SPRING GREEN — Most ice anglers do not give much thought to scouting winter fishing holes, but Buddy Hynek of Lone Rock, via La Crosse, planned ahead when he relocated.
He had moved into an unfamiliar area, at least as far as ice fishing went.
When ice began to form this year, Hynek first returned to his familiar haunts in La Crosse area where he knew there would be safe ice and reasonably good fishing.
When small lakes and Wisconsin River backwaters began to seal up, he started forgoing the two-hour drive northwest and added that time to his local outings.
“I get out as much as I can,” he said. “At least twice a week; this week it’s been four times.”
Open water summer fishing has been Hynek’s best scouting method.
“I’m over 18 feet of water now, but the fish aren’t biting like they were yesterday afternoon. I guess I was wrong to come this morning or maybe it’s just the fish. Over there where those guys are fishing it’s 27 feet deep. We’ve got just enough ice, about 3-4 inches. Anything less and I’m not going to be here, or at least not out this far.”
While Hynek’s still learning where and how to fish the waters in Dane and Iowa counties, he’s ahead of the game when it comes to morel mushrooms.
"I had a pretty good year this spring, but a lot of guys didn’t do so good,” he said.
Waxworms were working on black crappies and Hynek recalls ice fishing with his dad and being sent to find goldenrod galls, a poor-man’s panfish bait.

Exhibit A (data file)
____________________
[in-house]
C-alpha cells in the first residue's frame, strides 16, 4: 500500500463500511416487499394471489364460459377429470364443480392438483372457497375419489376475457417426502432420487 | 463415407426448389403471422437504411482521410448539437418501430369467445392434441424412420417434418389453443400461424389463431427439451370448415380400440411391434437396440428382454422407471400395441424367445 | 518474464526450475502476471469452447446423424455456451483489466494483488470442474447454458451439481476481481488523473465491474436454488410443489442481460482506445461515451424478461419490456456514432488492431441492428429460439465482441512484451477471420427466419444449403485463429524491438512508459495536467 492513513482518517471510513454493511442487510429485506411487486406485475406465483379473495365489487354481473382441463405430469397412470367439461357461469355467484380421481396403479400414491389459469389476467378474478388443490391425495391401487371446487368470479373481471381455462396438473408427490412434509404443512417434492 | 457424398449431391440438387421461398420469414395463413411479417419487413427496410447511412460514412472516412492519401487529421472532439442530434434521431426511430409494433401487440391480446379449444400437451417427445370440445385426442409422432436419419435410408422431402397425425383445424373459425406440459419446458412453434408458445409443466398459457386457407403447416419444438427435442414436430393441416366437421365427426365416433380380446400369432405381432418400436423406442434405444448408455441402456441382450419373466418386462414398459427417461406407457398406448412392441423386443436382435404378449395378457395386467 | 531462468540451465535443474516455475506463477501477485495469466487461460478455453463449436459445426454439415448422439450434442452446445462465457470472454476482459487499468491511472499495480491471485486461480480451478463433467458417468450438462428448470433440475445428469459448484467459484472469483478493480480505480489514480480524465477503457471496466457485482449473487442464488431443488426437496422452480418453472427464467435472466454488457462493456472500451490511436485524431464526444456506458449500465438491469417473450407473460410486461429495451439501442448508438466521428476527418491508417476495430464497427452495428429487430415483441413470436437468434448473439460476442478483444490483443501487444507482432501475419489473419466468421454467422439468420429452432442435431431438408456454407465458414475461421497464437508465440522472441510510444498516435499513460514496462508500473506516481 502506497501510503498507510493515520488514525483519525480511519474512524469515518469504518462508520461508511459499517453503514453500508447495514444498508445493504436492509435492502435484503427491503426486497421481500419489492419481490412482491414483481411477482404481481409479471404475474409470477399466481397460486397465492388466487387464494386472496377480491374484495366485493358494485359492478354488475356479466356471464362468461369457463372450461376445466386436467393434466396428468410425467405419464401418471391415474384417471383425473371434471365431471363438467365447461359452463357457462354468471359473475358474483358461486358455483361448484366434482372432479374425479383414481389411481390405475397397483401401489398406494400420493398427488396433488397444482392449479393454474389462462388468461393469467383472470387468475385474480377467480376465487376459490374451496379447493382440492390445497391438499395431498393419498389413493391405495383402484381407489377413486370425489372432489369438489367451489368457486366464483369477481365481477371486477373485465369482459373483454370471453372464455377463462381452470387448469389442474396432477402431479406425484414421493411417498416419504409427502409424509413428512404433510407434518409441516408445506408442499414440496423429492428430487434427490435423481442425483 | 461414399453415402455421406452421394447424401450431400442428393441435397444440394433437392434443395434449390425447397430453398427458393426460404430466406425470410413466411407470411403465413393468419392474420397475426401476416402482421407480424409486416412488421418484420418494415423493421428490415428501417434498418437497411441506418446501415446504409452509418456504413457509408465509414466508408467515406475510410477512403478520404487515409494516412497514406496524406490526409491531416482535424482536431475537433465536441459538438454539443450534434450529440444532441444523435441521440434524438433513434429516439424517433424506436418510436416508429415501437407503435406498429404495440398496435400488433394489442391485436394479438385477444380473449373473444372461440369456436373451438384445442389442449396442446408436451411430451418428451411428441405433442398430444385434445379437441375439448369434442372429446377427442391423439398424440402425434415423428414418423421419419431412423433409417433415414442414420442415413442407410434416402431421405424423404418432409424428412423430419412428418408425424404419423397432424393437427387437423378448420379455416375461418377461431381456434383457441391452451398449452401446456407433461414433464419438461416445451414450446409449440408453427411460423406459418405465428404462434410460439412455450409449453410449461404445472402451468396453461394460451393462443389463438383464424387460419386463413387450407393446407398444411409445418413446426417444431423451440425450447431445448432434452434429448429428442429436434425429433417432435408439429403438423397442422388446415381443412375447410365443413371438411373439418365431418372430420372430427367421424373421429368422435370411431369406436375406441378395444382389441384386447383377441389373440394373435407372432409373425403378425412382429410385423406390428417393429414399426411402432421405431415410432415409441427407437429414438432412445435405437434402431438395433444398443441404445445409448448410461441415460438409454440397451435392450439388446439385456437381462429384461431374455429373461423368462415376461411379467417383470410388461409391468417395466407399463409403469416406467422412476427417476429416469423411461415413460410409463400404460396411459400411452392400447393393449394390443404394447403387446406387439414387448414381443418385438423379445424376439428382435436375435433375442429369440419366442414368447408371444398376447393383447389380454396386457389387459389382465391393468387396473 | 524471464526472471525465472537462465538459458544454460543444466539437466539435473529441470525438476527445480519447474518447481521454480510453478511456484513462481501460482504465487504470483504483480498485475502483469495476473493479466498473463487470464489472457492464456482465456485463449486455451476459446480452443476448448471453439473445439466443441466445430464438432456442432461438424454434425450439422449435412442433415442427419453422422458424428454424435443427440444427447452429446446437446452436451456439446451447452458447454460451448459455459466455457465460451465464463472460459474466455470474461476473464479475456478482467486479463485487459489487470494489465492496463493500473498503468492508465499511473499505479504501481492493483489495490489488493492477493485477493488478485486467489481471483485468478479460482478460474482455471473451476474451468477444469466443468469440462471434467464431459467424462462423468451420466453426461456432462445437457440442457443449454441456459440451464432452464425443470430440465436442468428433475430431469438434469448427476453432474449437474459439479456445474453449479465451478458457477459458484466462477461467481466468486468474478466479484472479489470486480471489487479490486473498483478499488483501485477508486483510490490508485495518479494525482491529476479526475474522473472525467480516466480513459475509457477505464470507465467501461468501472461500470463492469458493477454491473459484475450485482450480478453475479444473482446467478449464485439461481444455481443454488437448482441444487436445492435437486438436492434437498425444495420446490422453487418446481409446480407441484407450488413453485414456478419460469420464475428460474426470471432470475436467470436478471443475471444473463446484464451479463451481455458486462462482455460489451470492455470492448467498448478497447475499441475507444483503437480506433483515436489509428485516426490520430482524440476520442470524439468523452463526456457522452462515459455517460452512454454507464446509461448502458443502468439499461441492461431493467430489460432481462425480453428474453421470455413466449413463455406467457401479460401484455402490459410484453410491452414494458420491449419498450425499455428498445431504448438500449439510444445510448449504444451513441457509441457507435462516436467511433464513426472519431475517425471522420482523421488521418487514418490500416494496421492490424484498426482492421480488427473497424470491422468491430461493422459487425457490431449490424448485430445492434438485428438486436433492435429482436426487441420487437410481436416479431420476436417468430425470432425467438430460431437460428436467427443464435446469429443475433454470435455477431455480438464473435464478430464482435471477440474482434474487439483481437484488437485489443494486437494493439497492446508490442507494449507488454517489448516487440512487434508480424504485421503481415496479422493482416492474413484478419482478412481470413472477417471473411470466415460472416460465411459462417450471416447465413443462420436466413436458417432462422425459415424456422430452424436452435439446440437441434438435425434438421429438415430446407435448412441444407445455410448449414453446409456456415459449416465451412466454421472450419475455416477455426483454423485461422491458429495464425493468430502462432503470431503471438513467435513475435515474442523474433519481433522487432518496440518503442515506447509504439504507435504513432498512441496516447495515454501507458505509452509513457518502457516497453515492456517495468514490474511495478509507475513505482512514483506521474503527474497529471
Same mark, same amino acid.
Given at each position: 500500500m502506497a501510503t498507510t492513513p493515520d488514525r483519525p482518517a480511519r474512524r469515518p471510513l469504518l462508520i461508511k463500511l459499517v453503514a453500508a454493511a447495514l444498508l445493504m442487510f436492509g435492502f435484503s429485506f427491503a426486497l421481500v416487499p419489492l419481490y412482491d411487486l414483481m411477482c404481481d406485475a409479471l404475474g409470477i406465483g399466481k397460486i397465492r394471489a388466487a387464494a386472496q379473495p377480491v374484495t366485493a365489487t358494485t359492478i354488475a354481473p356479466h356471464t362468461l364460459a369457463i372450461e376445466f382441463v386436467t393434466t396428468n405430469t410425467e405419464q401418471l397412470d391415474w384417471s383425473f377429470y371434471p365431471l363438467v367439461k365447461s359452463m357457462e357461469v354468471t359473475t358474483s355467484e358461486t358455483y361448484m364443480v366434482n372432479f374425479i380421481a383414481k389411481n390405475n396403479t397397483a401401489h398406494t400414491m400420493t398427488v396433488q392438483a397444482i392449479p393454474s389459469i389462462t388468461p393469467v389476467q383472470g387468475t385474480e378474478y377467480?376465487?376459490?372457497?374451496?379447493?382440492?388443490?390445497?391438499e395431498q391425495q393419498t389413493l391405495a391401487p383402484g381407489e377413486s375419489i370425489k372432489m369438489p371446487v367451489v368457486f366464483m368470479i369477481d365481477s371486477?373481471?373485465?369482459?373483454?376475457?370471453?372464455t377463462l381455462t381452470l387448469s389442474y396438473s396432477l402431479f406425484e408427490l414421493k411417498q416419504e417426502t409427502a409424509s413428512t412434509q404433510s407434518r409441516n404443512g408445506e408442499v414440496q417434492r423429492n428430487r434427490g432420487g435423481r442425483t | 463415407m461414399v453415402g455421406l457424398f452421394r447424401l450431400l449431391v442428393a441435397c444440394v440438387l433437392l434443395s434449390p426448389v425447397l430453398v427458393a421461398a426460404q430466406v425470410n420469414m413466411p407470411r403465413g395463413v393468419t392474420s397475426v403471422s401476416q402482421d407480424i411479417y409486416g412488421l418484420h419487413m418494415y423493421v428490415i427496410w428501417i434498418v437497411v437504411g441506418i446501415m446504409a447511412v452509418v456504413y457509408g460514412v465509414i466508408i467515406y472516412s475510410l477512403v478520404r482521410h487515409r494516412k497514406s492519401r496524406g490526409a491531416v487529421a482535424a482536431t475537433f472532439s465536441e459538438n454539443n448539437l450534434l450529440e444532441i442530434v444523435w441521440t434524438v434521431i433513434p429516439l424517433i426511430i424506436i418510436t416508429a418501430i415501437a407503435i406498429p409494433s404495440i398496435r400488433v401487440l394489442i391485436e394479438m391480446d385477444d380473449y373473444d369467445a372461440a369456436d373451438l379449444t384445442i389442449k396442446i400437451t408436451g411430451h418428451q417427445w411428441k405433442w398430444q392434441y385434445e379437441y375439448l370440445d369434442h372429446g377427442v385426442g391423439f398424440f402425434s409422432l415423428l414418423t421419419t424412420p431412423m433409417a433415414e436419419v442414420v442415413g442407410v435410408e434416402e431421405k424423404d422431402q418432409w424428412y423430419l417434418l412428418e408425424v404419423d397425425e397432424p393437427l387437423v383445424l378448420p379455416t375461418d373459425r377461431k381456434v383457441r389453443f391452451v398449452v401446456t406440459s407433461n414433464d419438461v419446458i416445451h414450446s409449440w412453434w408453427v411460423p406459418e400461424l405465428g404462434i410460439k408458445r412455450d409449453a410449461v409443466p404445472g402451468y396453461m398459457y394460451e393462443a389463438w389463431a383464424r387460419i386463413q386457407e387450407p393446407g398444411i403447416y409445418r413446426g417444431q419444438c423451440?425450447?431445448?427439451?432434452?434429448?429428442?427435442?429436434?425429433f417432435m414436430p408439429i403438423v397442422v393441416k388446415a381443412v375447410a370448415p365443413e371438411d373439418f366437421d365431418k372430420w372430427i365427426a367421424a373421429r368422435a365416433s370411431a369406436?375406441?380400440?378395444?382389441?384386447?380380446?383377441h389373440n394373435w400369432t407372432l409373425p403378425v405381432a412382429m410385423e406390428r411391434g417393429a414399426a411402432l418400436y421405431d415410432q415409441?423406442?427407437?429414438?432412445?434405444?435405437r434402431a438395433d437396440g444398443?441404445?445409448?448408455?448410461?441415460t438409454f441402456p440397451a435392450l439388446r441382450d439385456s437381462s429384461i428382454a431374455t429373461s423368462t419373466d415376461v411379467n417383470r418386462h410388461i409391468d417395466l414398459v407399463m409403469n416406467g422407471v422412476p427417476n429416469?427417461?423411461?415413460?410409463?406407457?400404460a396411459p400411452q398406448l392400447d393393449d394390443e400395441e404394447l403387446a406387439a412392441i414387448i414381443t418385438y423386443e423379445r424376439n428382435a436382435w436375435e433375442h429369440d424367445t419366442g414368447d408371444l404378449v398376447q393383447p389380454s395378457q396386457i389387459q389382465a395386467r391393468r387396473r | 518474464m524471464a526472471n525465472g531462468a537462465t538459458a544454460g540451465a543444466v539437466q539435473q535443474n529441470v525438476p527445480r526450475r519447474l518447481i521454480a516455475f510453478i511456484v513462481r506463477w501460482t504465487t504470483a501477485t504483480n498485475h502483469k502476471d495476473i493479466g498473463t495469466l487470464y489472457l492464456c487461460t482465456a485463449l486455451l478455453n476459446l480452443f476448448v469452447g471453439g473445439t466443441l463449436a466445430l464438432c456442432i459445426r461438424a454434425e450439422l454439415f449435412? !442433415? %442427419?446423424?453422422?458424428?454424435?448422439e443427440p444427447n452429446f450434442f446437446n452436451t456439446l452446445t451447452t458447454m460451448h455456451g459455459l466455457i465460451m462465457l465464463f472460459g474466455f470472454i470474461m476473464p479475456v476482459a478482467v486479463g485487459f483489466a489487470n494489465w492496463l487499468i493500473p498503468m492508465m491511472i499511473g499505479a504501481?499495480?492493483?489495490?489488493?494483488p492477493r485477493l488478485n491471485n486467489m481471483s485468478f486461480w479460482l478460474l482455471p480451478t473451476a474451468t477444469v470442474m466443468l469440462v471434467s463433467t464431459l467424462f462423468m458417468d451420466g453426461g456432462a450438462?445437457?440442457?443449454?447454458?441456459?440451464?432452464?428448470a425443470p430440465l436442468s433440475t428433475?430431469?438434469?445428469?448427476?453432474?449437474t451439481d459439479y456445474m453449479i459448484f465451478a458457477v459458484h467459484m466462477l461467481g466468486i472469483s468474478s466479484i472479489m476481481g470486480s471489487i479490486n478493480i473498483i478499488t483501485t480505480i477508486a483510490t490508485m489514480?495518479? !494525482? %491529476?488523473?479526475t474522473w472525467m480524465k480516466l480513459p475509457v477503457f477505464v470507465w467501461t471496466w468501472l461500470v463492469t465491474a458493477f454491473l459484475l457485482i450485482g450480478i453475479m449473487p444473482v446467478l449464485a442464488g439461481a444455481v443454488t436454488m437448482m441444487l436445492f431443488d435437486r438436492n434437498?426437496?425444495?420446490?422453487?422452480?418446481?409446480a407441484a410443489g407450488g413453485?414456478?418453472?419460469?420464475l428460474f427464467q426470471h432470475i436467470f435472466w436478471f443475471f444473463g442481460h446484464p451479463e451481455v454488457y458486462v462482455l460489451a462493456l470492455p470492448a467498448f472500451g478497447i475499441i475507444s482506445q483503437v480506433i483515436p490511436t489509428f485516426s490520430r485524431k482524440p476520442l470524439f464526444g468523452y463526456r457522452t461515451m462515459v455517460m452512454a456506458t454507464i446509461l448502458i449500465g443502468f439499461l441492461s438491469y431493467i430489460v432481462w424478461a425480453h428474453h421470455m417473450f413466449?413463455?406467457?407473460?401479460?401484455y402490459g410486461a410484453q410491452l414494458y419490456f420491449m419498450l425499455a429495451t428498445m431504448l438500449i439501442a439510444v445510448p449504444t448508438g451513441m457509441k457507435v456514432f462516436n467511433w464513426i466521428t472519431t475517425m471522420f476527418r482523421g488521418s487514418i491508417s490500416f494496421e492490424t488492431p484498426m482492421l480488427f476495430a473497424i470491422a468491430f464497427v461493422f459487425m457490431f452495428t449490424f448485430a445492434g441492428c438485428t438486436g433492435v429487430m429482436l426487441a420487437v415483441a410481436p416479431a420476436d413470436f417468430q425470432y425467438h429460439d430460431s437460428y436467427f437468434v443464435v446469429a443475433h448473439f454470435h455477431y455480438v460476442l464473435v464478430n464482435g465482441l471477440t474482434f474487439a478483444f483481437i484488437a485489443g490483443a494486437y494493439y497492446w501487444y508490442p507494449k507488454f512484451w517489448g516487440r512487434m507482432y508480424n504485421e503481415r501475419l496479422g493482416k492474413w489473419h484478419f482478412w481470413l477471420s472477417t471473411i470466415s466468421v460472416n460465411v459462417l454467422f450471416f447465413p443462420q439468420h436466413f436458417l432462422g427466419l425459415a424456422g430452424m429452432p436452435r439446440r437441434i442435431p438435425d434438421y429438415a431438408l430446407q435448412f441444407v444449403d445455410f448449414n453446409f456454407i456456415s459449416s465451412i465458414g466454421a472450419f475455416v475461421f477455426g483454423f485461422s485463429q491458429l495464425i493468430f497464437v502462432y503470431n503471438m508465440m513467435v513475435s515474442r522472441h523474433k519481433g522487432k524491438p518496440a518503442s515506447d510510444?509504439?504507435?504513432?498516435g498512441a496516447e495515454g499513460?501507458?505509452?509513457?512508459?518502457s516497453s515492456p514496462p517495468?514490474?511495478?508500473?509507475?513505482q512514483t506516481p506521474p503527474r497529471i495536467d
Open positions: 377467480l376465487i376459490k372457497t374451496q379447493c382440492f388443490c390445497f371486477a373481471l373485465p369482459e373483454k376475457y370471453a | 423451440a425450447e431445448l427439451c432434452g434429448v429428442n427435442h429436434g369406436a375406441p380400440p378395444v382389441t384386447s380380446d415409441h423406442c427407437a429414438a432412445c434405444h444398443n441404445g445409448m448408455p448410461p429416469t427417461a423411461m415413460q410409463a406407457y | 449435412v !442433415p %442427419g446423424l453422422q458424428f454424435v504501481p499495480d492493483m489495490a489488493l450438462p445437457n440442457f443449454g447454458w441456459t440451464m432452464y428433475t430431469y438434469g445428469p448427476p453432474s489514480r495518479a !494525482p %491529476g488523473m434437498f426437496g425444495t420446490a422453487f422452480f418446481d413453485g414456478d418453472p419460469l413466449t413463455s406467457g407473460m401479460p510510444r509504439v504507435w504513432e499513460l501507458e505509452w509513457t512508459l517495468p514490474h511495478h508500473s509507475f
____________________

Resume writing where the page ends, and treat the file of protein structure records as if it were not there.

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“If you buy right, most ice fishing gear should last a lifetime,” he said, boasting.
When his brother, in the printing business calls, all bets are off and he heads to Spring Green or Richland Center to help, instead of heading home to Lone Rock.
Chris Hardy, from Arena, was fishing and catching nearby. His early catch was one perch and four bluegills.
He has two loves in the outdoors — ice fishing and bow hunting.
“I hunt, and fish, for the meat,” he said. “I took one doe this fall and that’s enough for the family, along with the fish I catch on the ice. Just fillet them and cook them, it’s that easy.”
He processes his own deer, including making brats and bologna.
Hardy’s day job is working at nearby Cardinal Glass. He just finished the third shift and headed straight to the ice on his “day off.”
Most early anglers carry a spud and an auger and are not interested in close company. Scattered anglers around seem to lessen the pressure on the ice and eases an angler’s mind, too.
Travis Kaul, of Lone Rock, led an entourage of five anglers, but only two had their fishing gear with them. The others seemed to be ready, if necessary, to make a quick exit in the event of hearing the ice talk back to them.